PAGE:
Militants invade a Pakistani police academy and kill 100 officers: an Indian spy and her accomplice waltz in a glitzy Islamabad flat to celebrate the mission’s success.
This is a scene from Waar (Strike), Pakistan’s first big-budget movie, which opened this month to enthusiastic audiences in the nuclear-armed nation of 180 million people.
Filmed with the support of the military, the movie depicts every volatile aspect of Pakistan’s rocky relationship with its nuclear arch-rival, India.
Even in Pakistan itself, Waar has been denounced for its nationalistic tenor and scenes demonising India.
The narrative is simple and packed with action. Indian villains team up with Islamists to plot spectacular attacks across Pakistan. Pakistani security forces jump in and save the day.
“Like any other action film, we wanted to show the triumph of good over evil,” said director Bilal Lashari, 31. “And we wanted to do it with a great amount of spectacle and scale.”
Politics aside, Waar is fun to watch. Helicopter gunships whizz over mountains and commandos besiege militans in Pakistan’s lawless tribal regions. “The army gave us a lot of logistical support,” Mr Lashari said. “All the scenes with the helicopters and the mountains – they couldn’t have been done without them.”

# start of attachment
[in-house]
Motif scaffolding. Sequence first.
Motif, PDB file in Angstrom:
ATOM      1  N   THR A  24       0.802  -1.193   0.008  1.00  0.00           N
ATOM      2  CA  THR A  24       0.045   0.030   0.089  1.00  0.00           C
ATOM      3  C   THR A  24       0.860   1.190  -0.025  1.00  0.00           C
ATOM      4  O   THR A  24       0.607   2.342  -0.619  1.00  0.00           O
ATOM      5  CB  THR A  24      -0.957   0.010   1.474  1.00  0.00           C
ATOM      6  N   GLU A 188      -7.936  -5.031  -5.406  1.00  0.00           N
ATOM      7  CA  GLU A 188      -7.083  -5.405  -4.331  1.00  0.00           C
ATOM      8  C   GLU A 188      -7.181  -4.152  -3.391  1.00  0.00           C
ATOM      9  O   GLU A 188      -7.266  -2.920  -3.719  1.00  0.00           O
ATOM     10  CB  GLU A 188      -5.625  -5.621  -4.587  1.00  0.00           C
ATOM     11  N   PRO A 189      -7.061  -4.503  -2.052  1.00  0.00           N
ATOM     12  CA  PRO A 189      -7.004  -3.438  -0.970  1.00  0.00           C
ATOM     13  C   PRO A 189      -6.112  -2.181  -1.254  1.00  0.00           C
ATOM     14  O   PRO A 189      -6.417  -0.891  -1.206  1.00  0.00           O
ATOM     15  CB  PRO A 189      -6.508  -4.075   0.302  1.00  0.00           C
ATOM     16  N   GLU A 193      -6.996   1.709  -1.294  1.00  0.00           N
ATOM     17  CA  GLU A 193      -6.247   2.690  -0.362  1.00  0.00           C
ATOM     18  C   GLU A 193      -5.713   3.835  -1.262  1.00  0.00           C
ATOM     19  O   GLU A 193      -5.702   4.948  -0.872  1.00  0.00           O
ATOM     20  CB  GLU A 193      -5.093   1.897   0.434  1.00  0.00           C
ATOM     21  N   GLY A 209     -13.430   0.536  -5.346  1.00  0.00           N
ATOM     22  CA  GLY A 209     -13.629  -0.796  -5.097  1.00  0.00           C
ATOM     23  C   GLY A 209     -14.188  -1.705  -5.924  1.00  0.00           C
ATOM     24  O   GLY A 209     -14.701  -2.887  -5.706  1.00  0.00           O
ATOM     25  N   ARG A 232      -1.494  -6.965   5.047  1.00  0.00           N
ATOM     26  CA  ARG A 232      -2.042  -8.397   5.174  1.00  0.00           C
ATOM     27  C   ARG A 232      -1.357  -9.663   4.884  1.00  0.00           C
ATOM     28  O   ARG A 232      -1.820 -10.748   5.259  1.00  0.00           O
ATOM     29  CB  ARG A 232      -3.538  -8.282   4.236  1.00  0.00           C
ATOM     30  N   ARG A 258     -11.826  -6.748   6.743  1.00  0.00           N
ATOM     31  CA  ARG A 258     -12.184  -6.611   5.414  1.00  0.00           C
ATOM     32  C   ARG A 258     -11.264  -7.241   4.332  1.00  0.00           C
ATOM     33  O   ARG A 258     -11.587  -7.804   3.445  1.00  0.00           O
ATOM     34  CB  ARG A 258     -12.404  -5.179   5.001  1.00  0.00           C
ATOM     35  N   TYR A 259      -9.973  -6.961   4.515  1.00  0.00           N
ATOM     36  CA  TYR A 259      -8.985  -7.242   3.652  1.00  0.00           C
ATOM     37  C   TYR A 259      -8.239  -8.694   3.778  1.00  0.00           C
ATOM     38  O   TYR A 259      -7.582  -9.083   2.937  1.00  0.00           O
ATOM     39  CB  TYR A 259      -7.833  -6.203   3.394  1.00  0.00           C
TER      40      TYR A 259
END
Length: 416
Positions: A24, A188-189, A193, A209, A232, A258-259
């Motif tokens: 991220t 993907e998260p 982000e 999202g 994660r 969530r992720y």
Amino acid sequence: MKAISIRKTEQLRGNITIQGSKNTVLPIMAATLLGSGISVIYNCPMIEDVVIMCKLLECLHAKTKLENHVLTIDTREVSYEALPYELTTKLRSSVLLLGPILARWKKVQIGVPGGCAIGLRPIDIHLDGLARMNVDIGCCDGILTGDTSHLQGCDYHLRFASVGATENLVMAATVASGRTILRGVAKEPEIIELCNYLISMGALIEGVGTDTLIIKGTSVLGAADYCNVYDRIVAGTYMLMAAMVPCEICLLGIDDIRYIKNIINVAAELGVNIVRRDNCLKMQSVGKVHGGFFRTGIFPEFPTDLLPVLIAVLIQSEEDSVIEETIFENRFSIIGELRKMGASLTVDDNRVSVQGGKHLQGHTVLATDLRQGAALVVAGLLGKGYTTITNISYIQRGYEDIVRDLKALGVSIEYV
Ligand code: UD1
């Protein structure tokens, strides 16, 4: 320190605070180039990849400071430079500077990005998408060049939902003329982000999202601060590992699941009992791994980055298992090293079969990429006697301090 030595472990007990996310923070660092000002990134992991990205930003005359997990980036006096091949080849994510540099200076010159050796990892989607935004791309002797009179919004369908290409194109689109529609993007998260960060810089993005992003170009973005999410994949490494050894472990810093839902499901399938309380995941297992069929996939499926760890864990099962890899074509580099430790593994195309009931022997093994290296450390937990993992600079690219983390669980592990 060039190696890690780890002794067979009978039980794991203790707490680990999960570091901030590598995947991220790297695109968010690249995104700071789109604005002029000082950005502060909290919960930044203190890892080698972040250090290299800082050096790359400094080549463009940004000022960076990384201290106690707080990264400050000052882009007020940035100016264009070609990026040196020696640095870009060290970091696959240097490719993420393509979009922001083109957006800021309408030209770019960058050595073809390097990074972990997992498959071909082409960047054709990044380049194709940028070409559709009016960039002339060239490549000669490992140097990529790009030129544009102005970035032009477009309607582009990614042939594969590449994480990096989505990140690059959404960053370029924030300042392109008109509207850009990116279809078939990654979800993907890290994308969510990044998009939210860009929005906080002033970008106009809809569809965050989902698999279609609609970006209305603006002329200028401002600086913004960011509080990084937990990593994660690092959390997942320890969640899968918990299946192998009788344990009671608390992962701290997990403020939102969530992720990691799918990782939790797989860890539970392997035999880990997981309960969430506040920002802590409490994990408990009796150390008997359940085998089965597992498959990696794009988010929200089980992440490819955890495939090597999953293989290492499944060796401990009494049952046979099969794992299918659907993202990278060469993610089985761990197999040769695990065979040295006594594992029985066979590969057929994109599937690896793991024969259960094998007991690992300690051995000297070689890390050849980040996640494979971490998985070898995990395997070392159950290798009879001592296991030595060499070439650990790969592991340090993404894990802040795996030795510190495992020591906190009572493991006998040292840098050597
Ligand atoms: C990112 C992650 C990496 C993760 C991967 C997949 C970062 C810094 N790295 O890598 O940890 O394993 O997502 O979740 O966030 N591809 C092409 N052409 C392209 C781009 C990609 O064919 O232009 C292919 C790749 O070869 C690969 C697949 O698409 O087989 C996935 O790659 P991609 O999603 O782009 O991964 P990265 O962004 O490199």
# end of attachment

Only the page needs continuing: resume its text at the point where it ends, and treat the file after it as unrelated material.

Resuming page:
The film serves as a reminder of tensions with India. The two nations have fought three wars since independence from Britain was achieved in 1947.
Today they trade accusations of staging cross-border attacks and supporting militants in the disputed region of Kashmir, where violence has surged in recent months.
The movie has proved hugely successful. On a recent viewing in a packed cinema in Islamabad, the audience leapt to its feet to applaud patriotic scenes.
In one such moment, a retired officer takes on an Indian contractor on the roof of a building while a female Pakistani officer rushes to defuse a chemical bomb planted on the balcony.
Many cheered as the officer reduced the Indian’s face to a pulp. A woman in the audience turned to somegiggling boys and scolded them for “laughing during such a serious movie”.
“Of course India supports terrorism in Pakistan,” said Sheila Raza, 23, after the show. “I think Waar is an accurate portrayal.”
But some in Pakistan have mocked Waar as a propaganda movie. Critic Nadeem Paracha said: “This film is basically the Pakistani state’s fantasies being played out on a big screen.”
India’s film industry produces anti-Pakistan films of its own. Bollywood film Ek Tha Tiger, one of the Hindi industry’s biggest successes in 2012, but banned in Pakistan, depicted a Pakistani agent choosing her love for an Indian agent over her country.